Ken Flauding:  For the TET offensive, "Full Metal Jacket". Years ago I read dispatches from units in that area and believe me, they did a good job in the movie; albeit, still falling short of the reality. 

For me, "Platoon" was close to some of our experiences; but "We Were Soldiers" nailed it for that specific battle. Nonetheless, it mimicked a number of other altercations that took place over the ten years we were there.

 I was there for the TET offensive of '70. Sappers hit our ammo dump and took out a few good men in the process. None of us got sleep that night. Lucky for us, no further action that night that we couldn't handle with air support and a few rounds from the USS New Jersey.

Robert Walters:  For those outside the wire, definitely, "We Were Soldiers!" I lost many friends that were in the Army.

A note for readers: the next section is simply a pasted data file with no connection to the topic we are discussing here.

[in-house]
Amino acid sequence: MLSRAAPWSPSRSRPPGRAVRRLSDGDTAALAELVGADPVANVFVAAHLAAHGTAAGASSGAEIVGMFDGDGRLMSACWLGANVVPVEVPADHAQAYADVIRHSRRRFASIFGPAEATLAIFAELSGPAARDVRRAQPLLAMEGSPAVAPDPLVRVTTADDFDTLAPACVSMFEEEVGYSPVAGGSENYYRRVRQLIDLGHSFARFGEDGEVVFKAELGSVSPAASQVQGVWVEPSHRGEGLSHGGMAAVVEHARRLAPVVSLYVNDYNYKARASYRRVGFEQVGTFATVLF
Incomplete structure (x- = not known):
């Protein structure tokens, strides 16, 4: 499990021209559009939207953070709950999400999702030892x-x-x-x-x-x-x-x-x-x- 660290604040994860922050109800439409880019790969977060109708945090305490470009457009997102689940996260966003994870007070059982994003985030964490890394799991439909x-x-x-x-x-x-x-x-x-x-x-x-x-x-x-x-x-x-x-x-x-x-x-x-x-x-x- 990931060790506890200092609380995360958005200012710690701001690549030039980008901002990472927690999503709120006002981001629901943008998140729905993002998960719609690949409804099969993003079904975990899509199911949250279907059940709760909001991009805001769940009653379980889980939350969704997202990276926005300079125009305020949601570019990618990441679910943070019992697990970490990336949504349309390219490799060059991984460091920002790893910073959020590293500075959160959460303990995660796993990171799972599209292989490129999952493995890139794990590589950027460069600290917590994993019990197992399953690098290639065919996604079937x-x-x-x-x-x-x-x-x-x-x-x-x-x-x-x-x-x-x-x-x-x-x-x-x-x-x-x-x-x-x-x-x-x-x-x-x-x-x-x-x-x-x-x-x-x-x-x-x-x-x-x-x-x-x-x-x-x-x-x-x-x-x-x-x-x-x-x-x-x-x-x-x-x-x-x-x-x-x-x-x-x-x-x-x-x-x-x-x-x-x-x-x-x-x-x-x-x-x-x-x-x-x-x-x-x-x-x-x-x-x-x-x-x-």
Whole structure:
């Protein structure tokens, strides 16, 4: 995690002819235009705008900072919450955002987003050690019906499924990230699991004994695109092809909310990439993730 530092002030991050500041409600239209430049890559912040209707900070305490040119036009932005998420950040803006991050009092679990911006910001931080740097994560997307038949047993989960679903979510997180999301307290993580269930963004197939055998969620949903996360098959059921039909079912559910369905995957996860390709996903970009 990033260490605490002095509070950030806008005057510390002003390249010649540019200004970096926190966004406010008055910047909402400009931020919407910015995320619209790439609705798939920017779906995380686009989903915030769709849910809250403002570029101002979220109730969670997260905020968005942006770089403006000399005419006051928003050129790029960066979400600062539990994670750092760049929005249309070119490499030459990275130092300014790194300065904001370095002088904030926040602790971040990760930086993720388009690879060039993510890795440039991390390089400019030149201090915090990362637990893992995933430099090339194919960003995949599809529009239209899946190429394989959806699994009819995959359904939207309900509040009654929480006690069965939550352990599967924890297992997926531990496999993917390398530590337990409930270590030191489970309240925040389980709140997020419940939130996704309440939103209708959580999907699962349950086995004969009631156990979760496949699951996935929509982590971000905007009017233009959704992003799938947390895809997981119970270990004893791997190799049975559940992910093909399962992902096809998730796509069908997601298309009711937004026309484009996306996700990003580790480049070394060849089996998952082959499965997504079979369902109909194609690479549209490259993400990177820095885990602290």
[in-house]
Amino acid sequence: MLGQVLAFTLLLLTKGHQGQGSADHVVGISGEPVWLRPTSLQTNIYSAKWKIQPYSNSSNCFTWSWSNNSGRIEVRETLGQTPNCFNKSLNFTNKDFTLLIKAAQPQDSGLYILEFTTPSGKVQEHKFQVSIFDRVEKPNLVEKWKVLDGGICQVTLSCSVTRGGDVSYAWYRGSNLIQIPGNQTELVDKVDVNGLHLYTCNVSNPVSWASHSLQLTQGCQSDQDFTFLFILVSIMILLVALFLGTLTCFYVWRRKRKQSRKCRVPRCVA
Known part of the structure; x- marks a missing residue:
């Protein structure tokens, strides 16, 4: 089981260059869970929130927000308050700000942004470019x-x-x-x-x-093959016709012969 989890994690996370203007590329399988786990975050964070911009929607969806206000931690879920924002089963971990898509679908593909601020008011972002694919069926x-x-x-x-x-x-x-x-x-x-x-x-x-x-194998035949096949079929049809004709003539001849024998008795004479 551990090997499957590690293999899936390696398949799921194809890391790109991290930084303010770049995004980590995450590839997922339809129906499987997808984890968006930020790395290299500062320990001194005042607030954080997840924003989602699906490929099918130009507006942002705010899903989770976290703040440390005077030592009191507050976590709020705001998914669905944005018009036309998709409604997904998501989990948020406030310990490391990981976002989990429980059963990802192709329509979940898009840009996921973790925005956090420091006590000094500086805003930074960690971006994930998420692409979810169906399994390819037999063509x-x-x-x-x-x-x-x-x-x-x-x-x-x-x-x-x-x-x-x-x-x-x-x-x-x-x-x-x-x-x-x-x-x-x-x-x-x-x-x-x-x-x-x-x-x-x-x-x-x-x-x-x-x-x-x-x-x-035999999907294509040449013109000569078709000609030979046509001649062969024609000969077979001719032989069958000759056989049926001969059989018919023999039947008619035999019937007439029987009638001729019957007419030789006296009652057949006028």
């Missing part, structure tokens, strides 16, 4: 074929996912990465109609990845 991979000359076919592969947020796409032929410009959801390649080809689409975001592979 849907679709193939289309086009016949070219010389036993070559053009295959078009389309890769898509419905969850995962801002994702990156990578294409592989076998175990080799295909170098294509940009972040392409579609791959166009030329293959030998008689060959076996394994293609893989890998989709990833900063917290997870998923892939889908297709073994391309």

For myself, USAF Phan Rang AB Security Police/Security Forces, it had to be "Boys Of Company C;" waiting for Charlie or the NVA to hit us, and the Shake Sheets drove us crazy. While waiting, we got drunk or smoked at the MARS station, always pissed off at everything. After a ground attack or rockets and mortars raining in, we did our job and the perimeter was secure. We had two 50 cal. towers, mini guns on jeeps, our own heavy weapons squads and towers and bunkers everywhere with M-60's, M-79's, our M-16's and claymores, etc. Our first line of defense was our K-9 section. In most cases, Charlie knew to stay away from such well-defended bases.

I wish they would make a movie about the Marines on and about K Sahn.  I think Hill 880 and 881, too.  The Marines, like the Army never quit.  I was there in I Corp 70-71 A Shau Valley, 101st Abn Div Sgt 11B4P (airborne infantry NCO) leader of a 10-man S & D TEAM.  The greatest guys I ever knew.